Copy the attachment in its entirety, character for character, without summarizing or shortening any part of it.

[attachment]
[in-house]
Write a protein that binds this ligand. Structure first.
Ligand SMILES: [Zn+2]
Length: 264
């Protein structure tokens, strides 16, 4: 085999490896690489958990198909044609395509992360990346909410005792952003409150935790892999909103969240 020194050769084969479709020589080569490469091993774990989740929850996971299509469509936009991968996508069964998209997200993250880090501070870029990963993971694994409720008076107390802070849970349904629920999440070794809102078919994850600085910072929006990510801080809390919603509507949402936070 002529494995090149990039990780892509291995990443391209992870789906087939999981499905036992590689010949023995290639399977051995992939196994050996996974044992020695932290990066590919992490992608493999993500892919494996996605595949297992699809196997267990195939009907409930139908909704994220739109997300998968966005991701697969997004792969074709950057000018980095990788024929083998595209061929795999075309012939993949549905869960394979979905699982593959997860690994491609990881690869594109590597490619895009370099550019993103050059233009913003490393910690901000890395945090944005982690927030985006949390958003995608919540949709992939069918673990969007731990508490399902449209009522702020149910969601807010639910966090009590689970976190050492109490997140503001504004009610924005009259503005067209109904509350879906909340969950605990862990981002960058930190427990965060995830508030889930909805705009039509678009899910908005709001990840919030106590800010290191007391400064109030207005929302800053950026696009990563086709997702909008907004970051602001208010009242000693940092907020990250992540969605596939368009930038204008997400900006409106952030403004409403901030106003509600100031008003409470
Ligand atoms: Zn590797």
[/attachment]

[in-house]
Write a protein that binds this ligand. Structure first.
Ligand SMILES: [Zn+2]
Length: 264
């Protein structure tokens, strides 16, 4: 085999490896690489958990198909044609395509992360990346909410005792952003409150935790892999909103969240 020194050769084969479709020589080569490469091993774990989740929850996971299509469509936009991968996508069964998209997200993250880090501070870029990963993971694994409720008076107390802070849970349904629920999440070794809102078919994850600085910072929006990510801080809390919603509507949402936070 002529494995090149990039990780892509291995990443391209992870789906087939999981499905036992590689010949023995290639399977051995992939196994050996996974044992020695932290990066590919992490992608493999993500892919494996996605595949297992699809196997267990195939009907409930139908909704994220739109997300998968966005991701697969997004792969074709950057000018980095990788024929083998595209061929795999075309012939993949549905869960394979979905699982593959997860690994491609990881690869594109590597490619895009370099550019993103050059233009913003490393910690901000890395945090944005982690927030985006949390958003995608919540949709992939069918673990969007731990508490399902449209009522702020149910969601807010639910966090009590689970976190050492109490997140503001504004009610924005009259503005067209109904509350879906909340969950605990862990981002960058930190427990965060995830508030889930909805705009039509678009899910908005709001990840919030106590800010290191007391400064109030207005929302800053950026696009990563086709997702909008907004970051602001208010009242000693940092907020990250992540969605596939368009930038204008997400900006409106952030403004409403901030106003509600100031008003409470
Ligand atoms: Zn590797």